In March 1745, George Wade was replaced as Allied commander in Flanders by the 24-year-old Duke of Cumberland, advised by the experienced Earl Ligonier. In addition to British and Hanoverian troops, the Pragmatic Army included a large Dutch contingent, commanded by Prince Waldeck, with a small number of Austrians, led by Count Königsegg.[c] Cumberland's inexperience was magnified by his tendency to ignore advice and internal divisions; Flanders was not a military priority for Austria, Waldeck was unpopular with his subordinates, who often disputed his orders, while the British resented and mistrusted the Hanoverians.
On 21 April, a French cavalry detachment under d'Estrées feinted towards Mons and Cumberland prepared to march to its relief. Although it soon became clear this was a diversion, French intentions remained unclear until the siege of Tournai began on 28 April. This uncertainty, combined with intelligence estimates that Saxe had only 30,000 men, meant the Allies failed to reinforce their field army with garrison troops; the 8,000 men at Namur and Charleroi could have changed the result of the battle.
After confirming the Allies were approaching from the south-east, Saxe left 22,000 men to continue the siege and placed his main force around the villages of Fontenoy and St Antoine, 8-kilometre (5.0 mi) from Tournai. As the French infantry were considered inferior in training and discipline to their opponents, where possible Saxe placed them behind defensive works or redoubts and fortified the villages.
His main defensive line ran along the crest of a plateau, the right resting on the Scheldt, Fontenoy in the centre and the Bois de Barry on his left, supported by the Redoubt d'Eu and Redoubt de Chambonas. The ground in front of Fontenoy sloped down to the small hamlets of Vezin and Bourgeon (see Battle map). Known as the Chemin de Mons, this meant a direct attack on the French centre would be exposed to prolonged fire from in front and enfilade fire from the flanks.
The Allies made contact with French outposts on the evening of 9 May but a hasty reconnaissance by Cumberland and his staff failed to identify the Redoubt d'Eu. Next day, British and Hanoverian cavalry under James Campbell pushed the French out of Vezin and Bourgeon. Campbell's deputy, the Earl of Crawford, recommended infantry clear the Bois de Barry, while the cavalry swung around the wood to outflank the French left. Dutch hussars were sent to reconnoitre the route but withdrew when fired on by French troops in the wood, and the plan abandoned. The attack was postponed until the following day, both armies camping overnight on their positions.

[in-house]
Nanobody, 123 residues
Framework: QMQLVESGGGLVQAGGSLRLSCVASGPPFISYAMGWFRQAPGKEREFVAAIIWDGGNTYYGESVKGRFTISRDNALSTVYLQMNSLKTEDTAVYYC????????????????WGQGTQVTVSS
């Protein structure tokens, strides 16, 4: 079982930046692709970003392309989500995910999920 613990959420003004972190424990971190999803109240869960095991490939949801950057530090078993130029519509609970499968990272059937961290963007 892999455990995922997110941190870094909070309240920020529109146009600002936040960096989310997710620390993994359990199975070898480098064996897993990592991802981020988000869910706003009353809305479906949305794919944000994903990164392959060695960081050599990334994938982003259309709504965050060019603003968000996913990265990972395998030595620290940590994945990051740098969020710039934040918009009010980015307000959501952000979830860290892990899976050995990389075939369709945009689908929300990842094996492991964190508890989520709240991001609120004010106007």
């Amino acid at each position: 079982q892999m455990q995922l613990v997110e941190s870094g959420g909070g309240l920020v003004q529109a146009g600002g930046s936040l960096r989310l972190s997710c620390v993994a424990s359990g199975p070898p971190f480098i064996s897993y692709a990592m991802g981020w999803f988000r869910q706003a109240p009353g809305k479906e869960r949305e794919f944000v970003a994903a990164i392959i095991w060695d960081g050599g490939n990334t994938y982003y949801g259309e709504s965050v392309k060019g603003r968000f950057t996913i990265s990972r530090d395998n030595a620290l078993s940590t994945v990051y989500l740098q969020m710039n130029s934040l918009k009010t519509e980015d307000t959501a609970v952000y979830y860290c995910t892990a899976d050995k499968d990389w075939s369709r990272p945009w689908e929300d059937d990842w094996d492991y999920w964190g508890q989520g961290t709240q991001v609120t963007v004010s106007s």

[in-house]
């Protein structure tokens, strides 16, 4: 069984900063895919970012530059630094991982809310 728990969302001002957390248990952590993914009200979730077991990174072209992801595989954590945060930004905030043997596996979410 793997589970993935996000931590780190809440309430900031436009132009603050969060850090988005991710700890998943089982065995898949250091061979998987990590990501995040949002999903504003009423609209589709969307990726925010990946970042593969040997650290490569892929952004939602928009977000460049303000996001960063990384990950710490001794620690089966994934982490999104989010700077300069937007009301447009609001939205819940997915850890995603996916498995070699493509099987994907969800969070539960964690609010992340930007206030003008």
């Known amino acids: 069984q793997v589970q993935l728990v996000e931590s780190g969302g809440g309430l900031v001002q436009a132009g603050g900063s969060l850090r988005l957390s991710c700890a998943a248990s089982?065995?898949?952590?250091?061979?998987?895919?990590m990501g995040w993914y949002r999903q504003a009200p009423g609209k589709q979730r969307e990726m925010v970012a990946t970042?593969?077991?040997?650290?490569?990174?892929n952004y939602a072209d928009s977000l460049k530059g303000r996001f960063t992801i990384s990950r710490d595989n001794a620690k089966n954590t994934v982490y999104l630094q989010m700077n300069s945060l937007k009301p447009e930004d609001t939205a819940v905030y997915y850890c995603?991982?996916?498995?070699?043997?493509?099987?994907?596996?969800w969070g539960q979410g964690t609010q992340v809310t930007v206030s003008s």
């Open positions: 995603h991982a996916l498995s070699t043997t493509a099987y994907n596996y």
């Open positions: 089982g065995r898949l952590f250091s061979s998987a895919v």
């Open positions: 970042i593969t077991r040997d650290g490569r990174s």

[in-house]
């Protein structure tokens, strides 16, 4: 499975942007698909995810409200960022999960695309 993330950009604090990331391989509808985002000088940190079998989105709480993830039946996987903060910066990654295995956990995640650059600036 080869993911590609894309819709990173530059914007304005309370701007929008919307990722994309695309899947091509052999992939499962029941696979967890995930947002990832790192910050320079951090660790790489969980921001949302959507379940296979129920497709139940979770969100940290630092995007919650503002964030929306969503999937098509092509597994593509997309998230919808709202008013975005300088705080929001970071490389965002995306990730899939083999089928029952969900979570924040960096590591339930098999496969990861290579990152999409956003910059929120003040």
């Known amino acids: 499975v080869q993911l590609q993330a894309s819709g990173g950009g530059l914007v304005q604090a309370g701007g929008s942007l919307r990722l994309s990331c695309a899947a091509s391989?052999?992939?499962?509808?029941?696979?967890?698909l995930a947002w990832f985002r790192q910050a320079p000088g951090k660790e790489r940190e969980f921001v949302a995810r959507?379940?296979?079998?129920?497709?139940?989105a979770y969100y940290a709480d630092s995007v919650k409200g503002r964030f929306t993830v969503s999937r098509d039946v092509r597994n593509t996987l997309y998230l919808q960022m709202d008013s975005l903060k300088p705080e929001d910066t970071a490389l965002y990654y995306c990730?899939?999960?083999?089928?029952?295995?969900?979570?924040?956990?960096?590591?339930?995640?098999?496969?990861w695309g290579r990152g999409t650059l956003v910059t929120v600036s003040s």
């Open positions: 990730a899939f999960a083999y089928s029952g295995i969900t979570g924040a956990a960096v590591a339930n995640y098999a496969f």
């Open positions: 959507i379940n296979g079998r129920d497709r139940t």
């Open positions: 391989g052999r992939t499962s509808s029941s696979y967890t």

At 4:00 am on 11 May, the Allies formed up, British and Hanoverians on the right and centre, Dutch on the left and Austrians in reserve. The Dutch were tasked with taking Fontenoy and St Antoine, while an independent brigade under Richard Ingoldsby captured the Redoubt de Chambonas and cleared the Bois de Barry. Once both flanks were engaged, massed Allied infantry in the centre under Ligonier would advance up the slope and dislodge the main French army.
Because Cumberland estimated French numbers as no more than 30,000, he assumed their main force was in the centre and failed to appreciate the strength of the flanking positions. As he moved forward, Ingoldsby ran into the Redoubt d'Eu; only now did the real strength of the French left become apparent and he requested artillery support. The advance halted until the redoubt was taken, while his men skirmished with light troops in the woods, known as Harquebusiers de Grassins. These numbered no more than 900 but uncertain of their strength, Ingoldsby hesitated; given the earlier failure to detect the redoubt, his caution was understandable but delayed the main attack.
The Allied cavalry had been positioned in front of Vezin to screen Ligonier's infantry column as they formed up, exposing them to fire from cannon in the Redoubt d'Eu. One shot fatally wounded Campbell around 6:30 am; Crawford assumed command and the cavalry withdrew behind Vezin, where they spent most of the battle. At 7:00 am, Cumberland became impatient at the lack of progress and ordered Ingoldsby to advance with the main column, rather than storming the redoubt but failed to inform Ligonier. The Dutch attack on Fontenoy and St Antoine was repulsed with heavy losses and at 9:00 am, Ligonier sent an aide instructing Ingoldsby to attack the Redoubt d'Eu immediately. When Ingoldsby shared his new orders from Cumberland, Ligonier was apparently horrified.
At 10:30, the Dutch attacked Fontenoy a second time, supported by the 42nd Foot; after some initial success, they were thrown back and at 12:30 pm, Cumberland ordered the central column to move forward. This is generally agreed to have contained some 15,000 men, deployed in two lines.[d] Led by Cumberland and Ligonier, the infantry advanced up the slope, pausing at intervals to redress their lines and despite heavy casualties, retained formation as they reached the crest. It was at this point Lord Charles Hay of the Grenadier Guards apparently invited the Gardes Françaises to 'stand and not swim the Scheldt as they did the Main at Dettingen'.